The most common type of gene therapy is gene-replacement therapy, in which the disease-causing gene is “replaced” with a healthy, working copy of the gene. Retinal gene therapy is typically administered by vitrectomy and subretinal injection of an adeno-associated viral vector containing the gene of interest, resulting in normal protein production and function.

Gene therapy has received significant attention in recent years, especially in the inherited eye disease community.

In December 2017, the U.S. Food and Drug Administration announced approval of the first gene therapy for a monogenic disease — biallelic RPE65-related retinal dystrophy. This treatment, voretigene neparvovec ophthalmic (Luxturna®), delivers a working copy of the RPE65 gene directly to the retina of affected individuals. Patients receiving this treatment, who often have profound night blindness, showed significant improvement in navigating an obstacle course at low light levels, according to one study.3


Available gene therapy trials

The success of RPE65 gene therapy has spurred an increased interest in gene therapy trials for other IRDs. Currently there are more than 30 gene therapy clinical trials being conducted in the U.S. alone. Some include:

  • Multiple trials for X-linked retinitis pigmentosa due to mutations in the RPGR gene
  • Phase 3 trials for choroideremia
  • Ongoing trials for achromatopsia due to the CNGA3 and CNGB3 genes
  • Gene therapy for patients with biallelic pathogenic variants in exon 13 of USH2A

Gene therapy continues to show promise in either restoring vision or halting progression of vision loss in patients affected by these conditions.

Having successfully participated in natural history studies, such as ProgStar for Stargardt disease, the team at Cleveland Clinic is able to assess prognosis, gauge potential treatment efficacy and determine the most sensitive testing modalities in monitoring for disease change. The Center for Genetic Eye Diseases is preparing for imminent participation in two gene therapy trials, one studying achromatopsia and one studying X-linked retinitis pigmentosa.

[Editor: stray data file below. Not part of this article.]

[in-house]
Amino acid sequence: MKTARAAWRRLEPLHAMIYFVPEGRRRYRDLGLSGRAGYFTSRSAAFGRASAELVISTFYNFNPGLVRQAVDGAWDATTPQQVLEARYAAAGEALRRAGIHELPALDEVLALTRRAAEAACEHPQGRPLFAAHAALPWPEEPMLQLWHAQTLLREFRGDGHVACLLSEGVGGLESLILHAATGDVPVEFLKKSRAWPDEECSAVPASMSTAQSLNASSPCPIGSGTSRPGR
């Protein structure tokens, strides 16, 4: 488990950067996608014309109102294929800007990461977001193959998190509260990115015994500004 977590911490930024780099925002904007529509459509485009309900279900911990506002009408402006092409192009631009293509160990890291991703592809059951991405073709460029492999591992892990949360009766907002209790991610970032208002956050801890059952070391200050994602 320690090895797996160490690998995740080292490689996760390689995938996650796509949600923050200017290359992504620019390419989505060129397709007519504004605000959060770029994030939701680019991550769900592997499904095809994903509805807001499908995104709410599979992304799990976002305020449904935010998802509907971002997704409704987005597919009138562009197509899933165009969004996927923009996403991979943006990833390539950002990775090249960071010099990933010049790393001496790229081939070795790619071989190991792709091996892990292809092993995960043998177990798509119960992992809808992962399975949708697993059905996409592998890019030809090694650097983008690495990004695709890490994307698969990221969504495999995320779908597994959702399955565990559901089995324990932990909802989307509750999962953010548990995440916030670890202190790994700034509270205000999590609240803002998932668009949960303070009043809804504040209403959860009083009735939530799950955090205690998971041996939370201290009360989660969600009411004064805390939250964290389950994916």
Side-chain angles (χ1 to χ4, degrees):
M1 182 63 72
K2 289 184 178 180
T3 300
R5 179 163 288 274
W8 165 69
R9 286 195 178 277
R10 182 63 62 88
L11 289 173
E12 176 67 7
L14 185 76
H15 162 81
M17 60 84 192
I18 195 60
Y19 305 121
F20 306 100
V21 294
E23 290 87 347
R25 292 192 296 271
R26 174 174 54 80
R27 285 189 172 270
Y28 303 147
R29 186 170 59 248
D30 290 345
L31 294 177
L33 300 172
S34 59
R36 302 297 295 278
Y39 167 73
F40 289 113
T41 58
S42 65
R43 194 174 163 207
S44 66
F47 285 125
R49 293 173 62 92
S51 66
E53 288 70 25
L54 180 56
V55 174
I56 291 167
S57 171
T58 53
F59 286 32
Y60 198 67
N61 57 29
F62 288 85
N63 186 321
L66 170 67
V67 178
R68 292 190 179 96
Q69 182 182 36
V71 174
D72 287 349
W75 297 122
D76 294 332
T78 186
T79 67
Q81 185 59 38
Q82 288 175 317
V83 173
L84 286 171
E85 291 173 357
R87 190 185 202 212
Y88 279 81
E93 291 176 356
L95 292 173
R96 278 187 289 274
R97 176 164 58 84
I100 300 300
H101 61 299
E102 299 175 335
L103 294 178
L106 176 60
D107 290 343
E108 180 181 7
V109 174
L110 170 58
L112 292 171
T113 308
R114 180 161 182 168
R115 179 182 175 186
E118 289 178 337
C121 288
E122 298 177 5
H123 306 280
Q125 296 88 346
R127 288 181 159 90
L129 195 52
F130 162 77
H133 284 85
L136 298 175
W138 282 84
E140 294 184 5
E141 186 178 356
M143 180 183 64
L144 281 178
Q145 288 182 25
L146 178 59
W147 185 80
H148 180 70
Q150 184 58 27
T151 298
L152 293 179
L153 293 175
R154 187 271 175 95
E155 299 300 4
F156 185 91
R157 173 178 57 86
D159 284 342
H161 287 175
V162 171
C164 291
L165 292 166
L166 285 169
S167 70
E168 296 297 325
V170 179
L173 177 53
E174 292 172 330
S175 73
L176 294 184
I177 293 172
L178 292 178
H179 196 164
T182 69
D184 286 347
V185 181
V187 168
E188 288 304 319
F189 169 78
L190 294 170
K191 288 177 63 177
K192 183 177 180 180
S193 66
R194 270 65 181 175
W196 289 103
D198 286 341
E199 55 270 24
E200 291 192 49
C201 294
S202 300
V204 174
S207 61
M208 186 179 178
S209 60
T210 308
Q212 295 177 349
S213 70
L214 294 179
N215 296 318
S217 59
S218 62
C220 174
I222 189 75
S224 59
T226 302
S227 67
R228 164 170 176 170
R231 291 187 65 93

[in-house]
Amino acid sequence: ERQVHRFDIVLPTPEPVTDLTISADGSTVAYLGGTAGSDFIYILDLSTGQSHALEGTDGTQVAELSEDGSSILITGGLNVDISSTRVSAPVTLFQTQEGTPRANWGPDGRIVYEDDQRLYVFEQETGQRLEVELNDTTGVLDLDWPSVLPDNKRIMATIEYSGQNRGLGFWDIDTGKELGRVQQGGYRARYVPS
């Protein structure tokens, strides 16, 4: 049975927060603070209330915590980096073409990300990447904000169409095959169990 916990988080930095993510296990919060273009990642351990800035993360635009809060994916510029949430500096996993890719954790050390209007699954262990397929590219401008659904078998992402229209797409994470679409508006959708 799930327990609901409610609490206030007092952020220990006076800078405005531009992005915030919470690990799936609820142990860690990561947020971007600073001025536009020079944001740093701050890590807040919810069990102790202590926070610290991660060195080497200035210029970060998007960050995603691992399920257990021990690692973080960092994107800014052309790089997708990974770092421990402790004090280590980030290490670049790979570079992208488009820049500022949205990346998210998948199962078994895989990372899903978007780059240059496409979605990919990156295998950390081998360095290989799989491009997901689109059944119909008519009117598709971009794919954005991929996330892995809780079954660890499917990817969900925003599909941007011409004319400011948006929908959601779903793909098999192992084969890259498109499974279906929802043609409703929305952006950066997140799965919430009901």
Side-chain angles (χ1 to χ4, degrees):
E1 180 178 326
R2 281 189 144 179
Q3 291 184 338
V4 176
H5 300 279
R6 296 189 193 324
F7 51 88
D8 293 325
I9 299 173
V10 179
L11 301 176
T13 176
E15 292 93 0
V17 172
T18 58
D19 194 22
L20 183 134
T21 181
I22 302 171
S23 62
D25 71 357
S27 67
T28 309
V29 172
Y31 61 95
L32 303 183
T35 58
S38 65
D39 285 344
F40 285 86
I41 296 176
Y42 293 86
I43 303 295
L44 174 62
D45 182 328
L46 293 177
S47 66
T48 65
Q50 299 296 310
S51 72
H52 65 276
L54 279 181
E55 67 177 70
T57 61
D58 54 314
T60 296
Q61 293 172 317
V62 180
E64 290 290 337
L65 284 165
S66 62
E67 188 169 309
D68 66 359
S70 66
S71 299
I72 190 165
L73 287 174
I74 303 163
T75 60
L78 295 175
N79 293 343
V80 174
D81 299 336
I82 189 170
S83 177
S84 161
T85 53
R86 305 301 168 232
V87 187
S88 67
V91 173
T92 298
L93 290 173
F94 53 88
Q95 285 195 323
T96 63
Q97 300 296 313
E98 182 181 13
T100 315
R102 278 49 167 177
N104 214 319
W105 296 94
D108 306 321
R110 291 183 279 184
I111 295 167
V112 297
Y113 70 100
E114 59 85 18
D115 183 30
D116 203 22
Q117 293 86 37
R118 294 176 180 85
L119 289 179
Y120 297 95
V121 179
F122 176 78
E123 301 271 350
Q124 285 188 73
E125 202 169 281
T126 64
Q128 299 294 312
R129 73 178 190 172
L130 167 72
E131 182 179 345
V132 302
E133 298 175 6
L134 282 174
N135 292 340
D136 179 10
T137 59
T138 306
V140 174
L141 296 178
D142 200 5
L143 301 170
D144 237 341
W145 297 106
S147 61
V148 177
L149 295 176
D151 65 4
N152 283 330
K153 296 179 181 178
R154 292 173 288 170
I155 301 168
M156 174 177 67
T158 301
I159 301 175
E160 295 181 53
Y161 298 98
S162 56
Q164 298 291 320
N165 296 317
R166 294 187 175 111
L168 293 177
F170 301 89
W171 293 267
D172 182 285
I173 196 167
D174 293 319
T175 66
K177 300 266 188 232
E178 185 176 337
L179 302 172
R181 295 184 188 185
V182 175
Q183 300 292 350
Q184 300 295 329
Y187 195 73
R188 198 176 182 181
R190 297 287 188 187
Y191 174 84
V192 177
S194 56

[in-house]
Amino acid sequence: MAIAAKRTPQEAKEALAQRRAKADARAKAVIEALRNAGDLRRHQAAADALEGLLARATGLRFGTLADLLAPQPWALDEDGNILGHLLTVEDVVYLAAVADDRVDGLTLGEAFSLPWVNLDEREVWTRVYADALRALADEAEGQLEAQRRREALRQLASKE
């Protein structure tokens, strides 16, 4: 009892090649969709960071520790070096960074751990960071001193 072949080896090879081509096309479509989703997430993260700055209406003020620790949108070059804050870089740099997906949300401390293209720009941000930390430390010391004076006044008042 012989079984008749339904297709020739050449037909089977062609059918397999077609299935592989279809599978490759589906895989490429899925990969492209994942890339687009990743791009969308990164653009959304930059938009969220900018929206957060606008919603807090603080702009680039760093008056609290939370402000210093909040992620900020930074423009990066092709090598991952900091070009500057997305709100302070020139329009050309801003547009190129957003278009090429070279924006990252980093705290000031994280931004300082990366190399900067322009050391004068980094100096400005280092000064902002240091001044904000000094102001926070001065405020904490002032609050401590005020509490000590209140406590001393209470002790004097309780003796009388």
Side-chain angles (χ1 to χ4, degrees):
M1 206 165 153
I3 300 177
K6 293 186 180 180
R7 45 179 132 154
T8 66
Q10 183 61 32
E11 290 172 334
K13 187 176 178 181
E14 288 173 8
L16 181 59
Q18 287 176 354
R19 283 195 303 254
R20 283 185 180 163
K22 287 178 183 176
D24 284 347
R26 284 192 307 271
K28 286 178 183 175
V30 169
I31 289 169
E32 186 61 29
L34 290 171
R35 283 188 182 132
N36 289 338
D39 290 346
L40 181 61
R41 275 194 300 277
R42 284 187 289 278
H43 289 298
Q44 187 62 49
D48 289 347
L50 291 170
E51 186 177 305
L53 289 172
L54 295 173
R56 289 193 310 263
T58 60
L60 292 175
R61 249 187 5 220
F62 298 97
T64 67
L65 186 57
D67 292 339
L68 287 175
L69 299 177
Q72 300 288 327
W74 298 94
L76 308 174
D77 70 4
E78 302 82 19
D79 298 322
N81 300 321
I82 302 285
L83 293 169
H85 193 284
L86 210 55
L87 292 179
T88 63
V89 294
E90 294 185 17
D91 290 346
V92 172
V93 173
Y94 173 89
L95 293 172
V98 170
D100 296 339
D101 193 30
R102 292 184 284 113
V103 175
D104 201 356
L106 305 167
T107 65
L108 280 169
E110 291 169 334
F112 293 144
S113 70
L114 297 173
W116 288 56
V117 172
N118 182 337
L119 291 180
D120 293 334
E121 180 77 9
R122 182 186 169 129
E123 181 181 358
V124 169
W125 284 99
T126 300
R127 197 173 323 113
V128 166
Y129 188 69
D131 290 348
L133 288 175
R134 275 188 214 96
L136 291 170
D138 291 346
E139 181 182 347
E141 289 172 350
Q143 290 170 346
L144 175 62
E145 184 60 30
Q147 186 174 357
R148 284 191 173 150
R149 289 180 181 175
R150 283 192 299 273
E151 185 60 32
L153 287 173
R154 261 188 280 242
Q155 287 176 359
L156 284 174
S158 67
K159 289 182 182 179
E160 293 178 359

With a dedicated team of retinal dystrophy experts, retinal surgeons and an experienced ophthalmic genetic counselor, the Center for Genetic Eye Diseases continues to push the limits on novel ways to diagnose and treat patients with IRDs.

DeBenedictis is a clinical genetic counselor and research coordinator at Cleveland Clinic’s Cole Eye Institute. Dr. Traboulsi is Director of the Center for Genetic Eye Diseases at Cleveland Clinic’s Cole Eye Institute.


  1. Daiger SP. The University of Texas Health Science Center. RetNet website. Accessed April 28, 2020.
  2. Stone EM, Andorf JL, Whitmore SS, et al. Clinically focused molecular investigation of 1000 consecutive families with inherited retinal disease. Ophthalmology. 2017 Sep;124(9):1314-1331.
  3. Russell S, Bennett J, Wellman JA, et al. Efficacy and safety of voretigene neparvovec (AAV2-hRPE65v2) in patients with RPE65-mediated inherited retinal dystrophy: a randomised, controlled, open-label, phase 3 trial. Lancet. 2017;390(10097):849-860.